But it is Chua’s terms of reference that trouble me. The further one gets into the book, the more it becomes clear how uncomfortably close her style of parenting mimics the top-down, success-at-any-cost, authoritarian political systems of, well, modern China. And what really, really bothers her about what she calls Western parenting is that, like modern America, it is A.) lazy and indulgent; and B.) democratic to a fault. In other words, Amy Chua, whose first book is called World on Fire: How Exporting Free Market Democracy Breeds Ethnic Hatred and Global Instability, has, intentionally or not, produced a treatise on authoritarian vs. democratic political systems cleverly disguised as a parenting memoir. What’s more, in the book’s final section, she confronts the problem that afflicts all authoritarian regimes: the highly motivated dissident.
As Chua tells it, her eldest daughter, Sophia, is the perfect Chinese daughter: quiet, obedient, perfectionist, and, above all, respectful of her mother. On the other hand, her younger daughter, Lulu, is, as befits her name, a bit of a hellion. She is, ironically, more naturally talented at the violin than Sophia is at the piano, but she hates to practice and her fights with her mother are particularly vicious – until, suddenly, miraculously, she wins.
It all comes down to a sturgeon’s egg. The family is on vacation in Moscow and Mom buys a tiny, expensive thimbleful of genuine Russian caviar. Lulu, predictably, takes one look at the slimy lump of fish eggs on her plate and says, “Eww, gross!”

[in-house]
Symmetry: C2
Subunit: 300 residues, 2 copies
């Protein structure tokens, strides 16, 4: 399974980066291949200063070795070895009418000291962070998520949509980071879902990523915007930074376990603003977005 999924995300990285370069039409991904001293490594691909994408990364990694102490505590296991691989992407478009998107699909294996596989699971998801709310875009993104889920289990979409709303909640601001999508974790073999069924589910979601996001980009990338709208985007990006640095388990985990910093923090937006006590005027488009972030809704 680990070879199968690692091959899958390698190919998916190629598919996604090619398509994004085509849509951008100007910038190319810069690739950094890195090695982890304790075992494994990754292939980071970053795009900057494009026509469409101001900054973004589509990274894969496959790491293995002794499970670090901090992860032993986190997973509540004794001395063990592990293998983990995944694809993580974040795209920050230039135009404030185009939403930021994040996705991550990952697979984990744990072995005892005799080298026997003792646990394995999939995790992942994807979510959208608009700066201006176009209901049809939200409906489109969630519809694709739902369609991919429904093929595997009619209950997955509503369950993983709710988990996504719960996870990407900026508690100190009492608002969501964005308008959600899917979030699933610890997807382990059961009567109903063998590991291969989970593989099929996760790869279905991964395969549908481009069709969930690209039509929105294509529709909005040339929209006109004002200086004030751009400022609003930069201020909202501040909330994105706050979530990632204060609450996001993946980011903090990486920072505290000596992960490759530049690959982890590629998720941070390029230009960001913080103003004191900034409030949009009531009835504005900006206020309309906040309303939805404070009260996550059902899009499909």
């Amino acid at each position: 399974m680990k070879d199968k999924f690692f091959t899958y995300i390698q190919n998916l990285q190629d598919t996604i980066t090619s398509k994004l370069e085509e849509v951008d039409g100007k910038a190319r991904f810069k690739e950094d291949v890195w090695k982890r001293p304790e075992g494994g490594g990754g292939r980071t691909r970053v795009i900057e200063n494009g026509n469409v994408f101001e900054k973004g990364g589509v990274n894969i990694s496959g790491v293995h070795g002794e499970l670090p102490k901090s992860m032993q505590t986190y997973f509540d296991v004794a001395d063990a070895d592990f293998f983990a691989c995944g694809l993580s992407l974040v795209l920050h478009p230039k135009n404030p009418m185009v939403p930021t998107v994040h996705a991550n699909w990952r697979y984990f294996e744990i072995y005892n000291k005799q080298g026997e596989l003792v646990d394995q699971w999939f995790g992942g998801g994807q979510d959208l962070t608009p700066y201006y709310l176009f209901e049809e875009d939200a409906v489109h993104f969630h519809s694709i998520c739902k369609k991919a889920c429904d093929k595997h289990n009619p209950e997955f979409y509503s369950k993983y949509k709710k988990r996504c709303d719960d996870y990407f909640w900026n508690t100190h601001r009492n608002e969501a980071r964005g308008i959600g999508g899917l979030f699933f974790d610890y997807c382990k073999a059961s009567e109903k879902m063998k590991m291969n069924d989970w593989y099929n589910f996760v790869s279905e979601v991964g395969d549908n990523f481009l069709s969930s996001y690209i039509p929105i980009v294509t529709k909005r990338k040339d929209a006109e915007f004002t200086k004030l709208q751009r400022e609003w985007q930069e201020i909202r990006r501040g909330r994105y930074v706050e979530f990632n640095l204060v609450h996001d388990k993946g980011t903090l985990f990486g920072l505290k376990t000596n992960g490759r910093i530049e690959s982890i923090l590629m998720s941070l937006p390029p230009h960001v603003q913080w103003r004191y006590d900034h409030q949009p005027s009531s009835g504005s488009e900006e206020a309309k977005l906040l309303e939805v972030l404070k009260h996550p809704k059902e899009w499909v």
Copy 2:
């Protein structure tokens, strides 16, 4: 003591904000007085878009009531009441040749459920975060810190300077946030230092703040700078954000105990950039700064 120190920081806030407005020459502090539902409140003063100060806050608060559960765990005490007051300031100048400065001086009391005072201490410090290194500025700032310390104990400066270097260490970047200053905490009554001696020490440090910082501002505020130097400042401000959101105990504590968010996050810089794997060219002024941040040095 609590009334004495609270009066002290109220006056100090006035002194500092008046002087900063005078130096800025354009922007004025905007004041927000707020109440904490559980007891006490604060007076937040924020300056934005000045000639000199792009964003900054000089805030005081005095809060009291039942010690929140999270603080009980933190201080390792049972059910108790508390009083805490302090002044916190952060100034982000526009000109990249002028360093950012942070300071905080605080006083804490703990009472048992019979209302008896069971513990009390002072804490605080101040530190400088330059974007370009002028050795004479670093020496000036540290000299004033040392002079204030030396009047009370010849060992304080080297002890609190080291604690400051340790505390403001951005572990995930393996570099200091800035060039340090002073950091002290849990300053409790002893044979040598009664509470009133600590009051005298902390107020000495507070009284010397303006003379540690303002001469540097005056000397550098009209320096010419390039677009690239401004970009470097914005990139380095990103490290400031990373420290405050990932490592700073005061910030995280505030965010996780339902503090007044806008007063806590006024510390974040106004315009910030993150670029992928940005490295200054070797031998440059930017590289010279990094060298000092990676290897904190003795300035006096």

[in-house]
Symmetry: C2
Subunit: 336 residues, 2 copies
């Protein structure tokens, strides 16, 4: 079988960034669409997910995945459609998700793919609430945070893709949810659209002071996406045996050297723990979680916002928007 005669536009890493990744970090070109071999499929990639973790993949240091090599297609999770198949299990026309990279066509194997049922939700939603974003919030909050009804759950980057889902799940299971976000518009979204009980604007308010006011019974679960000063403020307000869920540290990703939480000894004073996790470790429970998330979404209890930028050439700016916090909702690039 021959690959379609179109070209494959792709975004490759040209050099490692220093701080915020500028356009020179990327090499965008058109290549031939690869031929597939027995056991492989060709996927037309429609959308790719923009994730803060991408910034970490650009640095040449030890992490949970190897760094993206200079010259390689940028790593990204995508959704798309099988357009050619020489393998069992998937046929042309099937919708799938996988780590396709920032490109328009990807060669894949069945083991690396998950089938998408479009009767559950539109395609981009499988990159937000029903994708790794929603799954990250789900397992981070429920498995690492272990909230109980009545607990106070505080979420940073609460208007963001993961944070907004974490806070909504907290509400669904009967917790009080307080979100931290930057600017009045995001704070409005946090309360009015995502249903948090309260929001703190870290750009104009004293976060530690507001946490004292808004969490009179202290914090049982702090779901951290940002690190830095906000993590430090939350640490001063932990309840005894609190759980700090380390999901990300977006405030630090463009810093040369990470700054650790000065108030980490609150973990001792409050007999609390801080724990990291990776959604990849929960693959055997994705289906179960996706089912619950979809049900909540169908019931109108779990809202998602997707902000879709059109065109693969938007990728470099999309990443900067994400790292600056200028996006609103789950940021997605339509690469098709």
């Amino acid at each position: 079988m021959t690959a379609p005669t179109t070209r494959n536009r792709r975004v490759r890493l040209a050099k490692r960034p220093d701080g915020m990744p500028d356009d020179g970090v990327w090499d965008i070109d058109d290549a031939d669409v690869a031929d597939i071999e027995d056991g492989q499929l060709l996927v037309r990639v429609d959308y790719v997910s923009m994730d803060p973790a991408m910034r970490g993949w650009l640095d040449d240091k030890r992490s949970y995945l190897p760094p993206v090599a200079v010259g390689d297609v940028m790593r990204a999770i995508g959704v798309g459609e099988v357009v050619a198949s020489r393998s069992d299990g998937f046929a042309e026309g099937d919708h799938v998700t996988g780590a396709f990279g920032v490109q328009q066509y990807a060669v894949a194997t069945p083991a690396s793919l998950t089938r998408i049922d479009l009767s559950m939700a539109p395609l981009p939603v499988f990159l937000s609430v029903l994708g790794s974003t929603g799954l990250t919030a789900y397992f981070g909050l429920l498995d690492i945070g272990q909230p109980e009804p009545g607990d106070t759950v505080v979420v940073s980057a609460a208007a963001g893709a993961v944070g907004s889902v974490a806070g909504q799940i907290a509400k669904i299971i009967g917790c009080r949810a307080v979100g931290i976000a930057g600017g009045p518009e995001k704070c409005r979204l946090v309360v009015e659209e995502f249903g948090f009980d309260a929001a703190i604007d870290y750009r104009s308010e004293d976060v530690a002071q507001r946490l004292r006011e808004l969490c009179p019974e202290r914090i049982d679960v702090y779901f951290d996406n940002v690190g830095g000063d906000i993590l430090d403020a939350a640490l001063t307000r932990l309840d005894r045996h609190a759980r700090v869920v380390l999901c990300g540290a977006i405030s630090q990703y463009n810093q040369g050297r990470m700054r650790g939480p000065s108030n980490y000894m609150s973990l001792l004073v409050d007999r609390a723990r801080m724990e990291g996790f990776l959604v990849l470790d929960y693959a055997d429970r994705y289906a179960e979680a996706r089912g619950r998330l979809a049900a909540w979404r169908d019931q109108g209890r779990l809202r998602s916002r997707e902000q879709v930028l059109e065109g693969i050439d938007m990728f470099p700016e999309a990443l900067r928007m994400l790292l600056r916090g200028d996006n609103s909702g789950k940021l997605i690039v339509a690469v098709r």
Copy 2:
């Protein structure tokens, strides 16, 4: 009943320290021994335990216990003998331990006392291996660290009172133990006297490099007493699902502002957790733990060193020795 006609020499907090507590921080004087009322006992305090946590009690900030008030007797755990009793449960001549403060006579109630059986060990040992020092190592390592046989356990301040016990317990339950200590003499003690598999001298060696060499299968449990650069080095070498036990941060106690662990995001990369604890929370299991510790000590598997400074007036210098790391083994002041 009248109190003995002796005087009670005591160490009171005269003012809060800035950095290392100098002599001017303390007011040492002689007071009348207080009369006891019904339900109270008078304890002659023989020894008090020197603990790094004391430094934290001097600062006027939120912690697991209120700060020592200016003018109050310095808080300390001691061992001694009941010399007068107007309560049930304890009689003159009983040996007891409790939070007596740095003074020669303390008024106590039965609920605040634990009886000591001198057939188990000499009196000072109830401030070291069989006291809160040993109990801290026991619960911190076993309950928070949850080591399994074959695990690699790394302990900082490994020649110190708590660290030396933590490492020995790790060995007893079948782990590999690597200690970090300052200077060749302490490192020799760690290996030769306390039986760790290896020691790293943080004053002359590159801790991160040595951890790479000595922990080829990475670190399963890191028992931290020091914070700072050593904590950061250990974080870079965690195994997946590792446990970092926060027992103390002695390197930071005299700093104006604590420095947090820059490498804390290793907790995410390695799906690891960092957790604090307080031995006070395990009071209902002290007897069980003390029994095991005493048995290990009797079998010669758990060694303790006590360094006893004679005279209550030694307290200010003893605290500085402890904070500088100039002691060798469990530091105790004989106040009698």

Chua flies into a Tiger Mom rage:
“Do you know how sad and ashamed my parents would be if they saw this, Lulu – you publicly disobeying me? …We’re in Russia, and you refuse to try caviar! You’re like a barbarian. And in case you think you’re a big rebel, you are completely ordinary. There is nothing more typical, more common and low, than an American teenager who won’t try things. You’re boring, Lulu – boring.”
“Shut up,” said Lulu angrily.
If you’re seeing a thirteen-year-old girl standing in front of a Chinese tank about now, you’re on the right track. Except in this case, instead of the army swarming in to crush the rebellion, Tiger Mom gives in. Like that, Tiananmen Square becomes Tahrir Square, and the dictator is forced to negotiate terms with her subjects: Not only does Lulu not have to try caviar, but she can give up violin and play tennis sometimes if she wants to.
Like any good American, I cheered for little Lulu, and Chua is savvy enough – and Western enough – to play the conclusion off as a happy ending, though even in the last pages she still sees most Western parenting as little more than a lazy cop-out.
I disagree with her, but then I would. I was raised in a culture that places value on success, but places even more value on equality and individual choice. Chua’s critique of American parenting as lazy and indulgent is dead right, but those flaws flow directly, as do all the choices we make as parents, from the culture we were raised in. This is, after all, a nation that bails out billionaire bankers when they break the economy and twice elected a man president because he seemed like the kind of guy you could have a beer with. Clearly, we have a long way to go.
But I wouldn’t trade it for all the violin prodigies in China. I may be a guy, but I’m an American mom to my fingertips. I want my son to be successful at whatever he does, but more than that I want him to like himself and care, deeply, about what he’s doing with his life. If that means he doesn’t get into Harvard, not even on a lacrosse scholarship, I can live with that. I hear there are some other good schools in this country.